"We all owe them a debt of gratitude."
- Baroness Falkner of Margravine
By Anthony Silkoff
I was at the House of Lords on Thursday, 7 February, watching from the public gallery as they debated, for the first time ever, the role of civil society organisations in promoting peace in Israel and Palestine. As many Peers pointed out, 2013 represents 20 years since the signing of the Oslo Accords. Lord Bew (Crossbench) poignantly remarked, "the happy future that seemed to beckon in Washington in September 1993 has not come about." There is, then, little cause for celebration on this particular anniversary.
However, sitting in the gallery among Italian tourists and a family of Hasidic Jews, I was delighted to hear Baroness Falkner (Liberal Democrat) remind the Lords of the importance of civil society organisations which "have not given up on the peace process, even while their governments either wilfully backslide or are powerless to move forward."
We heard how organisations such as OneVoice continue to demand that both sides have a future that is better than their past. Indeed, this "remarkable organisation" (Lord Triesman, Labour), is tackling the very obstacles to the peace process that this debate identified.
Peers spoke despairingly about the expansion of settlements in the West Bank, each one making a two-state solution harder to realise. However, Baroness Falkner provided some hope, noting that "OneVoice Palestine is at the forefront of peaceful opposition to illegal settlement activity...in February 2012, OneVoice Palestine brought around 150 Palestinian youths to plant dozens of trees and Palestinian flags in a barren area east of Bethlehem that was under threat of confiscation by Israeli military order."
Much blame for the current situation was laid at the door of the outgoing Israeli government, as well as continued political division amongst Palestinians. Nonetheless, civil society provides hope where politicians are seen to be failing. Lord Sheikh (Conservative) praised OneVoice Israel, which "campaigned during the Israeli elections on the importance of citizens opting for moderate candidates who are committed to a two-state solution."
Peers were not only turning to OneVoice to revive the peace process. Other organisations, such as Hand-in-Hand, B'tselem, YaLa Young Leaders, and the Alliance for Middle East Peace were also cited, with Lord Palmer of Childs Hill (Labour) stating that "their activity is a vital part of encouraging their respective societies to engage in renewed negotiations towards a two-state solution."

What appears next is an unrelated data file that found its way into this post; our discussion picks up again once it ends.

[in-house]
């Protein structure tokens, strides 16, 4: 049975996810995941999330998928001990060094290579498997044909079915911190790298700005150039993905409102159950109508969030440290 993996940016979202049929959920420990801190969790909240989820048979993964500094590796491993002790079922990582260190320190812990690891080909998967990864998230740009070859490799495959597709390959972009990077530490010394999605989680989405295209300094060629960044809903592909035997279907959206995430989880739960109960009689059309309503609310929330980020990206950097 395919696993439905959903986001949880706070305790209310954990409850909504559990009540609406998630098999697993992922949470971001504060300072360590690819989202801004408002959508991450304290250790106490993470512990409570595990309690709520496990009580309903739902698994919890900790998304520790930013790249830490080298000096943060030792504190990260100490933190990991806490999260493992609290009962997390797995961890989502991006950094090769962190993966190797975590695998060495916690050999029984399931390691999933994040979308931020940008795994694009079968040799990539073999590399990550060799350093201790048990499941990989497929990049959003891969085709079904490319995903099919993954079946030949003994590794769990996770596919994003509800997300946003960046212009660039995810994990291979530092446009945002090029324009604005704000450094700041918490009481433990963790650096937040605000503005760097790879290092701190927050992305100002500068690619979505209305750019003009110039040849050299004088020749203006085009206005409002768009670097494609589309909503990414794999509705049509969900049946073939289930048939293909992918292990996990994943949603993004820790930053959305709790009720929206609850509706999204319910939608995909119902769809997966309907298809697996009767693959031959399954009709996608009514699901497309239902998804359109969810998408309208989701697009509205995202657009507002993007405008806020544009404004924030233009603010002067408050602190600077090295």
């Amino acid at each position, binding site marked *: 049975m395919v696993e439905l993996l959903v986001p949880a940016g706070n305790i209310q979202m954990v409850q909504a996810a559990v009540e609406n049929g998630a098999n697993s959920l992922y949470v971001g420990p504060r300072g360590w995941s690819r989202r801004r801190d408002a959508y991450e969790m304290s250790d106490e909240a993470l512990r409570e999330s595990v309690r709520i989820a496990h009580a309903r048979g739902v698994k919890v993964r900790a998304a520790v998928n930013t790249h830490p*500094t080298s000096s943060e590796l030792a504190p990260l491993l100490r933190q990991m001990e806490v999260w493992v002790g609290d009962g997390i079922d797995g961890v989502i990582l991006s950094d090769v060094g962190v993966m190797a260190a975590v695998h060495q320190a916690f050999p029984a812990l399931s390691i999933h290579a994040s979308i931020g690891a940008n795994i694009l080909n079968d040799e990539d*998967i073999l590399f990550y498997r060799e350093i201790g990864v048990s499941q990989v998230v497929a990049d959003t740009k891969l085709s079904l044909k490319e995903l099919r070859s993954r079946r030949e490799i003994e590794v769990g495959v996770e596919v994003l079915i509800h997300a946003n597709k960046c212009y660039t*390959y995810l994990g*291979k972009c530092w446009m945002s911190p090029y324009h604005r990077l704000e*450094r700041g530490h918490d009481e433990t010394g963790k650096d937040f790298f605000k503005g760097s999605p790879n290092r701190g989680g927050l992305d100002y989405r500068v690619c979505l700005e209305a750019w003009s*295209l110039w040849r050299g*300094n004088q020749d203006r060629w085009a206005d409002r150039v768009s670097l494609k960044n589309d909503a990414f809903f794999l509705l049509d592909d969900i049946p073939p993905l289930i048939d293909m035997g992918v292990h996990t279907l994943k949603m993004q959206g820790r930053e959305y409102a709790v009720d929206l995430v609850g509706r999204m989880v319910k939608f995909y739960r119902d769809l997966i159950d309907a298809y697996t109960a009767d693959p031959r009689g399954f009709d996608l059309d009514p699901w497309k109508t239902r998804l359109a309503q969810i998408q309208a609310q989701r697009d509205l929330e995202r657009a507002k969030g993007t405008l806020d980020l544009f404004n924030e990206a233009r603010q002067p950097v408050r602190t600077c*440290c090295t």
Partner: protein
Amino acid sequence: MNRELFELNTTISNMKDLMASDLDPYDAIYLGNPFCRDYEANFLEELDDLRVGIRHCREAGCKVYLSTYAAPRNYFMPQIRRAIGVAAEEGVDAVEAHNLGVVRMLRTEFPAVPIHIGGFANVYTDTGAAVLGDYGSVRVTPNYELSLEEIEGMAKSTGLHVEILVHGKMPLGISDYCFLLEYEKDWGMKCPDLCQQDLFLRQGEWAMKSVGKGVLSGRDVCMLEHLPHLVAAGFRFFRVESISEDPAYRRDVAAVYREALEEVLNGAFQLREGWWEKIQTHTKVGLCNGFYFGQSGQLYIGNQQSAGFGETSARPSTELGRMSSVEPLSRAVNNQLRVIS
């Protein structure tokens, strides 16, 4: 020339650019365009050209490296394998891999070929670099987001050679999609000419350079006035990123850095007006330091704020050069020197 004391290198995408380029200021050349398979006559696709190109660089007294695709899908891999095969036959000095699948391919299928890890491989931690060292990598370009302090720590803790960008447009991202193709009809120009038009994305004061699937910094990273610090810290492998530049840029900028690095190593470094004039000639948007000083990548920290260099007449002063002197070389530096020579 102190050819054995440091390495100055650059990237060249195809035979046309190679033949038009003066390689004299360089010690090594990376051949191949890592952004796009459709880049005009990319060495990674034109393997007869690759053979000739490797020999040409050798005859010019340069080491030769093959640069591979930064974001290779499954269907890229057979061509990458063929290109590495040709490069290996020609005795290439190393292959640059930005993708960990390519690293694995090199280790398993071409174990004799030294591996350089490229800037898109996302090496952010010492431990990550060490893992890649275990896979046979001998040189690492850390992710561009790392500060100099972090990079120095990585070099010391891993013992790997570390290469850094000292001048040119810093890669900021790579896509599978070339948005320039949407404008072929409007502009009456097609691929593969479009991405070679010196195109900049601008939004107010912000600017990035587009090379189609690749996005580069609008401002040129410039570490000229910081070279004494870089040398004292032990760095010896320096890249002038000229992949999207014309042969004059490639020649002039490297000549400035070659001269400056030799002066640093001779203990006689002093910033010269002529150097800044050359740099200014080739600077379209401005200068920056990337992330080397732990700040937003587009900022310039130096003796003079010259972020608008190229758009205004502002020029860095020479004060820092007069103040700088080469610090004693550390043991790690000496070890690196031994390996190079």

While all these organisations provide reasons to be cheerful, government spokesperson Lord Wallace (Liberal Democrat) was clear in his fear that "the time left to preserve and reinstate a two-state solution is now limited. If we fail to make progress in the next 18 months to two years, it may possibly be too late."
For that reason, I'm proud that OneVoice in 2013 is turning up the heat, with new and innovative projects, two of which were cited by Peers in Thursday's debate. Reaching out to Palestinian women, "OneVoice Palestine has recently started a programme to educate and empower women from towns and villages to become leaders in their communities" (Lord Sheikh).
Reaching out to investors, "at OneVoice, John Lyndon and his team are now also looking at using civic, economic, and media milestones as part of an ambitious programme called the Peoples' Blueprint" (Lord Stone, Labour).
'It's hugely encouraging to hear these messages of solidarity and encouragement from esteemed members of the House of Lords, and to know that they are with the moderate majority of Israelis and Palestinians struggling for peace,” said Tal Harris, executive director of OneVoice Israel.
Baroness Falkner summed up her statement "with the observation that, while the peace process is often described as 'dead', in the words of Aaron David Miller, the U.S. negotiator on successive talks: 'It is not yet buried and it will be back'."
I felt immensely proud of all our Palestinian and Israeli activists when Baroness Falkner told the House of Lords: "When it [the peace process] returns, its foundations will have been laid by the thousands of activists on both sides who work day in and day out for that end. We all owe them a debt of gratitude."